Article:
Since the end of the last century, Avi Mograbi has been filming Israel, his country. His work as a documentary filmmaker seems simple, at first glance: to capture the reality that presents itself in front of his lens. Except that between the Mediterranean Sea and the Jordan River, reality has a volatile character that requires more than a sense of observation from the filmmaker, an intellectual and ethical requirement. Sometimes at the risk of his life, Mograbi tried not only to capture the physical manifestations of the instability of borders, of the conflicting cohabitation of two peoples on the same land, but also to give them meaning.

Presented at the Berlinale in 2021, The First 54 Years appears as an acknowledgment of failure, while refusing to be merely an act of surrender. As its title suggests, it is about embracing the history of the interminable occupation of the Palestinian territories of the West Bank and Gaza since the Six-Day War in 1967. Its subtitle – “Abridged Manual of ‘military occupation’ – heralds the form. It will be a master class, ostensibly intended for states that aspire to establish their domination over a territory that was not originally theirs.

Facing the camera, the filmmaker speaks, in French in the version broadcast by Arte, to the public to detail the conduct to be followed at each stage, from the entry of the troops into the disputed territory until the moment when the provisional becomes permanent. Each statement of one of the elements of the strategies and tactics is followed by the testimony of an Israeli soldier who participated in their implementation. We hear the voices of high-ranking officers as well as those of conscripts, from the first soldiers to enter Ramallah or Hebron to those who participated in Operation Cast Lead (or Operation Molten Lead) in 2009 in Gaza, after the dismantling of the colonies.

Irony is an essential dimension of Avi Mograbi’s cinema: one of his first feature films was called How I Learned to Overcome My Fear and Love Ariel Sharon (1996). The system put in place at the start of the 54 First Years seems to be part of this mood, especially since the director – he explains it in an interview on the Arte site – let himself grow a professorial goat for the occasion. , in order to look more masterful.

terrible sadness

But very quickly, amusement (or annoyance) gives way to other feelings. The boredom, a little, which arises from the repetition of testimonies. These, with a few exceptions, recount transgressions that are altogether minor, compared – for example – to those committed today in Ukraine: an Israeli soldier orders a child to climb a live electricity pole in order to take down a Palestinian flag; a carpenter and his son are tied overnight to an olive tree to prevent them from warning the inhabitants of their village of the installation of a roadblock. This boredom then gives way to a terrible sadness.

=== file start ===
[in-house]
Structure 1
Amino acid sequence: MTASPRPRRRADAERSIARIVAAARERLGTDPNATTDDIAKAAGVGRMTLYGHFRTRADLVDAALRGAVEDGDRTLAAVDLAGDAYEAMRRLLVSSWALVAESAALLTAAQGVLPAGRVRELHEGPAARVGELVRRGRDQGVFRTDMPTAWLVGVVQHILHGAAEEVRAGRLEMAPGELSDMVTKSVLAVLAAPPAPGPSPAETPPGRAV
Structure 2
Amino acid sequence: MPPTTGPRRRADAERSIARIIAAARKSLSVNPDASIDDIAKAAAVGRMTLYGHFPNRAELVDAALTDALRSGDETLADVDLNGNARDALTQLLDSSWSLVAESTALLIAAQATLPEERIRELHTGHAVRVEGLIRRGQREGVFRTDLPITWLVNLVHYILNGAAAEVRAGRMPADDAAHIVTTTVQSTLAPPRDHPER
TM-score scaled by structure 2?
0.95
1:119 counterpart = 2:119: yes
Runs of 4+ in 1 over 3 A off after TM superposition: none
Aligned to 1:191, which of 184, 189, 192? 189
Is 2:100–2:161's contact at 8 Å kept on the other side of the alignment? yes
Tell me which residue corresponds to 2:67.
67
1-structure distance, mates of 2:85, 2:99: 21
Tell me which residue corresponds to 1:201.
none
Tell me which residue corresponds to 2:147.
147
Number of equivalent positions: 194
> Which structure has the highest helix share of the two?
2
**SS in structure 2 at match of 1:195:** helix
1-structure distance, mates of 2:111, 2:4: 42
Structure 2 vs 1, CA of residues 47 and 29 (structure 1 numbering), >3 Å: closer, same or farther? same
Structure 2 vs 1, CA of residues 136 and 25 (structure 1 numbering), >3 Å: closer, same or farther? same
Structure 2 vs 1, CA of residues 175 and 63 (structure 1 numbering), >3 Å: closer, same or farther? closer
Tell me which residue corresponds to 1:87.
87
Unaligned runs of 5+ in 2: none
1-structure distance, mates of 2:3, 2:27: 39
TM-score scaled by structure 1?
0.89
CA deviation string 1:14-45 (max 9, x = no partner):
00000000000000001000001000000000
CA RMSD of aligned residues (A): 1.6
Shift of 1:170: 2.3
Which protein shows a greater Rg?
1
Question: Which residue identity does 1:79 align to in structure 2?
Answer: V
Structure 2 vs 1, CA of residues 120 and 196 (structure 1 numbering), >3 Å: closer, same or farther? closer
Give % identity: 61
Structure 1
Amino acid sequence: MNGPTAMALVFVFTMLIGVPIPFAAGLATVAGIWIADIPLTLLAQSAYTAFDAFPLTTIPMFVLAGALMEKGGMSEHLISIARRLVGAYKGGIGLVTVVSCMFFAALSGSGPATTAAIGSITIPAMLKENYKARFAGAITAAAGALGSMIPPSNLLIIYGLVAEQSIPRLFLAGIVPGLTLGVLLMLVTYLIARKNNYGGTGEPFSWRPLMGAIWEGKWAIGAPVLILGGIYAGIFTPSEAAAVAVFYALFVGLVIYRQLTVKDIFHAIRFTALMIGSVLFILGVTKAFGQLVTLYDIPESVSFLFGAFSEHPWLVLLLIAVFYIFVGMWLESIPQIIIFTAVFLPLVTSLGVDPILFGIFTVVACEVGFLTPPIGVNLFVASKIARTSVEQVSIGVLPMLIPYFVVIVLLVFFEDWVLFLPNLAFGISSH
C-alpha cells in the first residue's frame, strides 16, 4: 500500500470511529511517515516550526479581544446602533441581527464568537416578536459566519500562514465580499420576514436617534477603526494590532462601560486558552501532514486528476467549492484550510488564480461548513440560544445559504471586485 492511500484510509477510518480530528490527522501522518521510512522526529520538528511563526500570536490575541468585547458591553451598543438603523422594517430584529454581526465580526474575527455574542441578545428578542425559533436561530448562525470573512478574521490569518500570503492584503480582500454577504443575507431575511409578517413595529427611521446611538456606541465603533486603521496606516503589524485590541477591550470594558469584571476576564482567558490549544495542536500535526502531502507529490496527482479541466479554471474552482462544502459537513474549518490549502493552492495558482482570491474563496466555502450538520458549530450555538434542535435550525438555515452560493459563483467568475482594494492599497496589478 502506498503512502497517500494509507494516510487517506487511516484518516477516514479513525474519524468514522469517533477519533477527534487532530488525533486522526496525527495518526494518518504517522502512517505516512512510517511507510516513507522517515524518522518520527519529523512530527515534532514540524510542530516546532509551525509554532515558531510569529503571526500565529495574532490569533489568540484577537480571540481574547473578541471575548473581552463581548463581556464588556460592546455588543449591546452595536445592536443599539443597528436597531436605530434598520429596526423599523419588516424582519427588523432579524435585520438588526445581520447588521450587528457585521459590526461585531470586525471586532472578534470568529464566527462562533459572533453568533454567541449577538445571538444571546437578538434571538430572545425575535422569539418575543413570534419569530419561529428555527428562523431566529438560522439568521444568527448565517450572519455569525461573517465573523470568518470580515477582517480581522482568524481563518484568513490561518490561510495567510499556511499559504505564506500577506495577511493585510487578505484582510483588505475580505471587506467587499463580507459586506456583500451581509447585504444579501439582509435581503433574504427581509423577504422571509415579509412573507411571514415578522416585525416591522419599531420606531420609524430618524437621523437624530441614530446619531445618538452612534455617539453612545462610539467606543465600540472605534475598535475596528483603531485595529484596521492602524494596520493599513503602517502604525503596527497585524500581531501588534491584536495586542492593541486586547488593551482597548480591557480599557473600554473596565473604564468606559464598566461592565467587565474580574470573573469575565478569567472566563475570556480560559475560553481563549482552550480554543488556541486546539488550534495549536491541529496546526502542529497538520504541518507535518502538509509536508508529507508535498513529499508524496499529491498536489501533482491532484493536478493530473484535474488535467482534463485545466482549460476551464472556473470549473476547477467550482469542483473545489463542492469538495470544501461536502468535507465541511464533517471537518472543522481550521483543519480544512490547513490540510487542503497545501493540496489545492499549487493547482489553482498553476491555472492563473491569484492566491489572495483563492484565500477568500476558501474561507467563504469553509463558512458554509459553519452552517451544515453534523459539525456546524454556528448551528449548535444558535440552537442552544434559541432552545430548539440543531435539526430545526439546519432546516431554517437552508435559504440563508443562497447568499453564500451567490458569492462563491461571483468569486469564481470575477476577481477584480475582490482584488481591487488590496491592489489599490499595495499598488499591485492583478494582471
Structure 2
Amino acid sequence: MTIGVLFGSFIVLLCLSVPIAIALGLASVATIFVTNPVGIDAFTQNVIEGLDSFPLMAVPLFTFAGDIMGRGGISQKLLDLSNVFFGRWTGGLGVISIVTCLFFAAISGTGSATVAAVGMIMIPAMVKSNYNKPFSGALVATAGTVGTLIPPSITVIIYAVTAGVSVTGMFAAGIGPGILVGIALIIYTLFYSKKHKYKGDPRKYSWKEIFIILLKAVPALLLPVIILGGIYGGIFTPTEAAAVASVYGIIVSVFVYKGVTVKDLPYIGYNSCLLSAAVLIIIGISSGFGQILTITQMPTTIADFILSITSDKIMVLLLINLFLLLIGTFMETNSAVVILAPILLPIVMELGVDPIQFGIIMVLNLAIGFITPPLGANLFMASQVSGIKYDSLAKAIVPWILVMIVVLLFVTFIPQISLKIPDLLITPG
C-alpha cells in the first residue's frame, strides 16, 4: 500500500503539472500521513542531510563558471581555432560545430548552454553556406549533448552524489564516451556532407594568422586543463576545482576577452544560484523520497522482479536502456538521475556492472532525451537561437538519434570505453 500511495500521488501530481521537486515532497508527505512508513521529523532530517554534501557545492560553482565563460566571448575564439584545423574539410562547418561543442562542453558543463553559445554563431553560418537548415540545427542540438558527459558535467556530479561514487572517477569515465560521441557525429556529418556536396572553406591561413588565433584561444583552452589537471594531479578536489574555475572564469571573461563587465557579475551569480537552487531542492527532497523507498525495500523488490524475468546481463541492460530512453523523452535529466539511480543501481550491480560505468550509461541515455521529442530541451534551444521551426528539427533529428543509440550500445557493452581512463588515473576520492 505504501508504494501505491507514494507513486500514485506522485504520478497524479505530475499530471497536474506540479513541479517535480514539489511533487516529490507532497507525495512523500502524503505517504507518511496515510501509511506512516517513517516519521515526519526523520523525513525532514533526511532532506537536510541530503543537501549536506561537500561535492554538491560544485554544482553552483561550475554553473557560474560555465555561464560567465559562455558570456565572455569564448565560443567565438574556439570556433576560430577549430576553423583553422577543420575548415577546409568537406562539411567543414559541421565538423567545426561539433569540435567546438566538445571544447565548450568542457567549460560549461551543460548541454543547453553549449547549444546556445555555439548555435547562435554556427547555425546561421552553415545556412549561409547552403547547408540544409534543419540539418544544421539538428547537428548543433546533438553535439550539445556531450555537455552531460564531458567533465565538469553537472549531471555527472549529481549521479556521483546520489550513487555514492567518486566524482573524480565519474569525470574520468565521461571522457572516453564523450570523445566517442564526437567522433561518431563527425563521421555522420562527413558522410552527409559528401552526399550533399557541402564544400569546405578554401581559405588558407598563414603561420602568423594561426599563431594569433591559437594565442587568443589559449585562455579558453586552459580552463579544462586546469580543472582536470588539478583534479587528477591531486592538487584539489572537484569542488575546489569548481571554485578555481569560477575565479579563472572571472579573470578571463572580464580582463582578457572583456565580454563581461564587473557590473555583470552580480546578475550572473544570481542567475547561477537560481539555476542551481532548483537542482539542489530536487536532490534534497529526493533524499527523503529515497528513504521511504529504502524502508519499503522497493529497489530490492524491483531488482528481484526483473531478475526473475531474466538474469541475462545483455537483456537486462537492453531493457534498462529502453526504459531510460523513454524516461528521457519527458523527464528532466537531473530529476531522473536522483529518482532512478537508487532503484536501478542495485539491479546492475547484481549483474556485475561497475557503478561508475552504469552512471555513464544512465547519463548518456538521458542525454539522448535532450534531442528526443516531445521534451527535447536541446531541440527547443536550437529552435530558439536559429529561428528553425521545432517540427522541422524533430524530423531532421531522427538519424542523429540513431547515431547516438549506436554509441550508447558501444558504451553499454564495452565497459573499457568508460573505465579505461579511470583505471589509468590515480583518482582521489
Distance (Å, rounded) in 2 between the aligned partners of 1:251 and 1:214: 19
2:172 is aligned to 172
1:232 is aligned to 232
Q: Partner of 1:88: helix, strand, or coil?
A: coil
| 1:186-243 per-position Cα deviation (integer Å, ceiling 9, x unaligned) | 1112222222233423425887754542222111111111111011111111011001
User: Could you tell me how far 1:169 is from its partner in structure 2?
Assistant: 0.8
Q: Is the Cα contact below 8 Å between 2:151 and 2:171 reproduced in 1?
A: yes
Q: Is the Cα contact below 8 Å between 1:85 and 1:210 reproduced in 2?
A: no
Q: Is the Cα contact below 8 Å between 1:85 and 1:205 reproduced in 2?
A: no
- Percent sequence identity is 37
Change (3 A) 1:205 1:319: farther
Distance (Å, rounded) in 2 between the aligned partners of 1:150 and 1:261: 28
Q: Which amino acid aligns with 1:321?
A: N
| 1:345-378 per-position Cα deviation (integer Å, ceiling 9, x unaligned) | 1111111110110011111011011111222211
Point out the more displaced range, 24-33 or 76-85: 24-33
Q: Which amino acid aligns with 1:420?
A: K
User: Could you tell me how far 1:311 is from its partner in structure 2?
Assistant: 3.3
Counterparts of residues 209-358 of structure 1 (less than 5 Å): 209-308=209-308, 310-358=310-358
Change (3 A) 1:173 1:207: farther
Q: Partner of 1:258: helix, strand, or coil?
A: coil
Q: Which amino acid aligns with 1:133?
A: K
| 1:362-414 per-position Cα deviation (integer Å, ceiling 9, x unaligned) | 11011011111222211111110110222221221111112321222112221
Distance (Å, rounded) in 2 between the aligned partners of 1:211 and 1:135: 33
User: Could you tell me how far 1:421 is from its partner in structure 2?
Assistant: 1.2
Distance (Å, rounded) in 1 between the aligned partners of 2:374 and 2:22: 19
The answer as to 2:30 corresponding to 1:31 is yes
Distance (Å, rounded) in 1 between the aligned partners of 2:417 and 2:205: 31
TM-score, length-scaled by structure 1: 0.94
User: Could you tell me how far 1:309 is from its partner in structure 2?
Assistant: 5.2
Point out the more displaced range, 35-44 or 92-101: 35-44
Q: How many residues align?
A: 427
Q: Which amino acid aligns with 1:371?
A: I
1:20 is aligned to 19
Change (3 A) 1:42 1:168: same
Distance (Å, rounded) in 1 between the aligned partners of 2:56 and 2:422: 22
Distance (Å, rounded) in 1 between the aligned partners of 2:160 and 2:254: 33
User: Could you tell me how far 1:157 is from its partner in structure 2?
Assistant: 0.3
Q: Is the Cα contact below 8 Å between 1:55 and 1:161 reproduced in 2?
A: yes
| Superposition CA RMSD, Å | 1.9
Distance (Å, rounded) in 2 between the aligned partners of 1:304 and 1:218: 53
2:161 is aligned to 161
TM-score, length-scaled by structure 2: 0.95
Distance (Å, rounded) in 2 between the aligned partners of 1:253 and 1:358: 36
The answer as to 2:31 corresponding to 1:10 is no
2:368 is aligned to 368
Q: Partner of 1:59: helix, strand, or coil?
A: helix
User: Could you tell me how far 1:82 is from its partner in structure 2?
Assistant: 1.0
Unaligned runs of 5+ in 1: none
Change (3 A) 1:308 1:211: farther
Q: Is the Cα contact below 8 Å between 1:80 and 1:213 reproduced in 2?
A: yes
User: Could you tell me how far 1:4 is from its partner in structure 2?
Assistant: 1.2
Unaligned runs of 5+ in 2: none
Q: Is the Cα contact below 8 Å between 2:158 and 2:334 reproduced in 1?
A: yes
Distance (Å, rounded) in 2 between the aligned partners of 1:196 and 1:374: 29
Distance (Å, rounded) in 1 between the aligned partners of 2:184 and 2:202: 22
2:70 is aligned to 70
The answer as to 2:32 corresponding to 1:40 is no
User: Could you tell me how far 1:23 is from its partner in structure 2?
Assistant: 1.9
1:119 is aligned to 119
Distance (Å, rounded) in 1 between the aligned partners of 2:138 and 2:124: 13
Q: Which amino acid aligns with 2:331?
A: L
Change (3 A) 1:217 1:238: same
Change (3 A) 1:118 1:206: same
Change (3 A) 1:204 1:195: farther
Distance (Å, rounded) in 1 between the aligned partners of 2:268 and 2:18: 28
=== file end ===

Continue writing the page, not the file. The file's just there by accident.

The testimonies presented throughout the film, collected by the organization Breaking the Silence, of which Avi Mograbi is one of the founders, give the measure of the passing of the years. The witnesses of the beginnings of the occupation, in 1967, are today old people. Those who experienced the first intifada, in 1983, have the heads of young grandfathers. And so on to the almost young people who participated in “Fused Lead” in 2008-2009. And the stories told by the latter are hardly different from those of their elders. The successive shocks, the changes at the head of the State of Israel, the Palestinian uprisings, the diplomatic agreements have no other effect than to sink these shreds of land even further into a violence that is repeated over and over again. infinite.

The First 54 Years is ultimately understood as the expression of a deep despair, which is reminiscent of that which inhabited Nadav Lapid’s last (fiction) feature film, Le Genou d’Ahed. Like the reprobate filmmaker who was the focus of Lapid’s film, Mograbi preaches in the desert, and he knows it. We believe he is convinced of the futility of his efforts. He may organize his demonstration meticulously, recalling the legal foundations of the occupation, the distribution of roles between the security forces and the settlers established in the territories, he may complete these explanations with archive images, sometimes known, sometimes torn from oblivion, he already knows that, like his previous films, this one will have no effect on reality. Unlike its predecessors, The First 54 Years found no broadcasters in Israel.